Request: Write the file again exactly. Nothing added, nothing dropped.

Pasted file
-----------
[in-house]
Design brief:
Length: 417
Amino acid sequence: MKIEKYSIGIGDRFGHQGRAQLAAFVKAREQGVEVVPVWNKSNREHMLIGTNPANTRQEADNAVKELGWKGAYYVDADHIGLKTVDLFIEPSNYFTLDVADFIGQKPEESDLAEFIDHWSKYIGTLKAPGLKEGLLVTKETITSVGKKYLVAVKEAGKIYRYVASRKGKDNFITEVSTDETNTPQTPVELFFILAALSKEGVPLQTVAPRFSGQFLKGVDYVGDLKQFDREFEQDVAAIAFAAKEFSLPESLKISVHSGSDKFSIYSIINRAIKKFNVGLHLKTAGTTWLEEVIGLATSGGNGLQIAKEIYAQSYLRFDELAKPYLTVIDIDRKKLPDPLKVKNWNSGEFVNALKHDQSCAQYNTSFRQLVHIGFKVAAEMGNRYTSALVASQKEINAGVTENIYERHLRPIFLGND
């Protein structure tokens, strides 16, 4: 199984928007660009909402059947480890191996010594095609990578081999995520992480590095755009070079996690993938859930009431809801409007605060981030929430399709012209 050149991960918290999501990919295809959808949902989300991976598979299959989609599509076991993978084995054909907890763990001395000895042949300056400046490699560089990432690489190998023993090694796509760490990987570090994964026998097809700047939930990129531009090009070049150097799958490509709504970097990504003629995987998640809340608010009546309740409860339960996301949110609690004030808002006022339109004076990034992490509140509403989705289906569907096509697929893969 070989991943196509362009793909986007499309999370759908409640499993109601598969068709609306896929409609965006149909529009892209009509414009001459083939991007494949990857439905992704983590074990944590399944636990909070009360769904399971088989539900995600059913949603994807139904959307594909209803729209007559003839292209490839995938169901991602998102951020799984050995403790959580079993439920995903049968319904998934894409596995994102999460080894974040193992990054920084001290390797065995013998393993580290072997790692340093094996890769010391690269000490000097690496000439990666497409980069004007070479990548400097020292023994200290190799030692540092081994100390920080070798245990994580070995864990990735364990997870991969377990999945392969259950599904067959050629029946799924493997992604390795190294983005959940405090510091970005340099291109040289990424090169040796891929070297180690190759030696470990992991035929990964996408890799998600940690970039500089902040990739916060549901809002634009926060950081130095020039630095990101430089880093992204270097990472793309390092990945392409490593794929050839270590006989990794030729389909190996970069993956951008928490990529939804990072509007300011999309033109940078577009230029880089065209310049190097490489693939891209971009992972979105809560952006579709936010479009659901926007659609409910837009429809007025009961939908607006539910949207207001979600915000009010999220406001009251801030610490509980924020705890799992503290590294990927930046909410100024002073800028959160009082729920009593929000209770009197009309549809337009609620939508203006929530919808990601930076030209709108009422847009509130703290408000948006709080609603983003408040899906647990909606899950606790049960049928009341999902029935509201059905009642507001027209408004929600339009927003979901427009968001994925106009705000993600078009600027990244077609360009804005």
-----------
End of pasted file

[in-house]
Design brief:
Length: 417
Amino acid sequence: MKIEKYSIGIGDRFGHQGRAQLAAFVKAREQGVEVVPVWNKSNREHMLIGTNPANTRQEADNAVKELGWKGAYYVDADHIGLKTVDLFIEPSNYFTLDVADFIGQKPEESDLAEFIDHWSKYIGTLKAPGLKEGLLVTKETITSVGKKYLVAVKEAGKIYRYVASRKGKDNFITEVSTDETNTPQTPVELFFILAALSKEGVPLQTVAPRFSGQFLKGVDYVGDLKQFDREFEQDVAAIAFAAKEFSLPESLKISVHSGSDKFSIYSIINRAIKKFNVGLHLKTAGTTWLEEVIGLATSGGNGLQIAKEIYAQSYLRFDELAKPYLTVIDIDRKKLPDPLKVKNWNSGEFVNALKHDQSCAQYNTSFRQLVHIGFKVAAEMGNRYTSALVASQKEINAGVTENIYERHLRPIFLGND
């Protein structure tokens, strides 16, 4: 199984928007660009909402059947480890191996010594095609990578081999995520992480590095755009070079996690993938859930009431809801409007605060981030929430399709012209 050149991960918290999501990919295809959808949902989300991976598979299959989609599509076991993978084995054909907890763990001395000895042949300056400046490699560089990432690489190998023993090694796509760490990987570090994964026998097809700047939930990129531009090009070049150097799958490509709504970097990504003629995987998640809340608010009546309740409860339960996301949110609690004030808002006022339109004076990034992490509140509403989705289906569907096509697929893969 070989991943196509362009793909986007499309999370759908409640499993109601598969068709609306896929409609965006149909529009892209009509414009001459083939991007494949990857439905992704983590074990944590399944636990909070009360769904399971088989539900995600059913949603994807139904959307594909209803729209007559003839292209490839995938169901991602998102951020799984050995403790959580079993439920995903049968319904998934894409596995994102999460080894974040193992990054920084001290390797065995013998393993580290072997790692340093094996890769010391690269000490000097690496000439990666497409980069004007070479990548400097020292023994200290190799030692540092081994100390920080070798245990994580070995864990990735364990997870991969377990999945392969259950599904067959050629029946799924493997992604390795190294983005959940405090510091970005340099291109040289990424090169040796891929070297180690190759030696470990992991035929990964996408890799998600940690970039500089902040990739916060549901809002634009926060950081130095020039630095990101430089880093992204270097990472793309390092990945392409490593794929050839270590006989990794030729389909190996970069993956951008928490990529939804990072509007300011999309033109940078577009230029880089065209310049190097490489693939891209971009992972979105809560952006579709936010479009659901926007659609409910837009429809007025009961939908607006539910949207207001979600915000009010999220406001009251801030610490509980924020705890799992503290590294990927930046909410100024002073800028959160009082729920009593929000209770009197009309549809337009609620939508203006929530919808990601930076030209709108009422847009509130703290408000948006709080609603983003408040899906647990909606899950606790049960049928009341999902029935509201059905009642507001027209408004929600339009927003979901427009968001994925106009705000993600078009600027990244077609360009804005």